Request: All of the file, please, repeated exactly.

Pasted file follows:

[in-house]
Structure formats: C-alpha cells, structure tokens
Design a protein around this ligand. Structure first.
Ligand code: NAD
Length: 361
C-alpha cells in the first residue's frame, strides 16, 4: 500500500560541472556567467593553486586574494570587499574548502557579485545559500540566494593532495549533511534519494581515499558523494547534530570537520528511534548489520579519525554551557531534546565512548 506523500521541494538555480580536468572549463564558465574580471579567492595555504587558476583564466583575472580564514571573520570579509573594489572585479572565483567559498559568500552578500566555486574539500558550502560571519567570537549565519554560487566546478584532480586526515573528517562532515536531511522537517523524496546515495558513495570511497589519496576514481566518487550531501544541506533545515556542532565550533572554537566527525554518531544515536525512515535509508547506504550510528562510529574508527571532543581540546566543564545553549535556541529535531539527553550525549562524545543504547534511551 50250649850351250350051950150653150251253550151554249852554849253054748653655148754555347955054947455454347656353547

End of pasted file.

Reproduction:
[in-house]
Structure formats: C-alpha cells, structure tokens
Design a protein around this ligand. Structure first.
Ligand code: NAD
Length: 361
C-alpha cells in the first residue's frame, strides 16, 4: 500500500560541472556567467593553486586574494570587499574548502557579485545559500540566494593532495549533511534519494581515499558523494547534530570537520528511534548489520579519525554551557531534546565512548 506523500521541494538555480580536468572549463564558465574580471579567492595555504587558476583564466583575472580564514571573520570579509573594489572585479572565483567559498559568500552578500566555486574539500558550502560571519567570537549565519554560487566546478584532480586526515573528517562532515536531511522537517523524496546515495558513495570511497589519496576514481566518487550531501544541506533545515556542532565550533572554537566527525554518531544515536525512515535509508547506504550510528562510529574508527571532543581540546566543564545553549535556541529535531539527553550525549562524545543504547534511551 50250649850351250350051950150653150251253550151554249852554849253054748653655148754555347955054947455454347656353547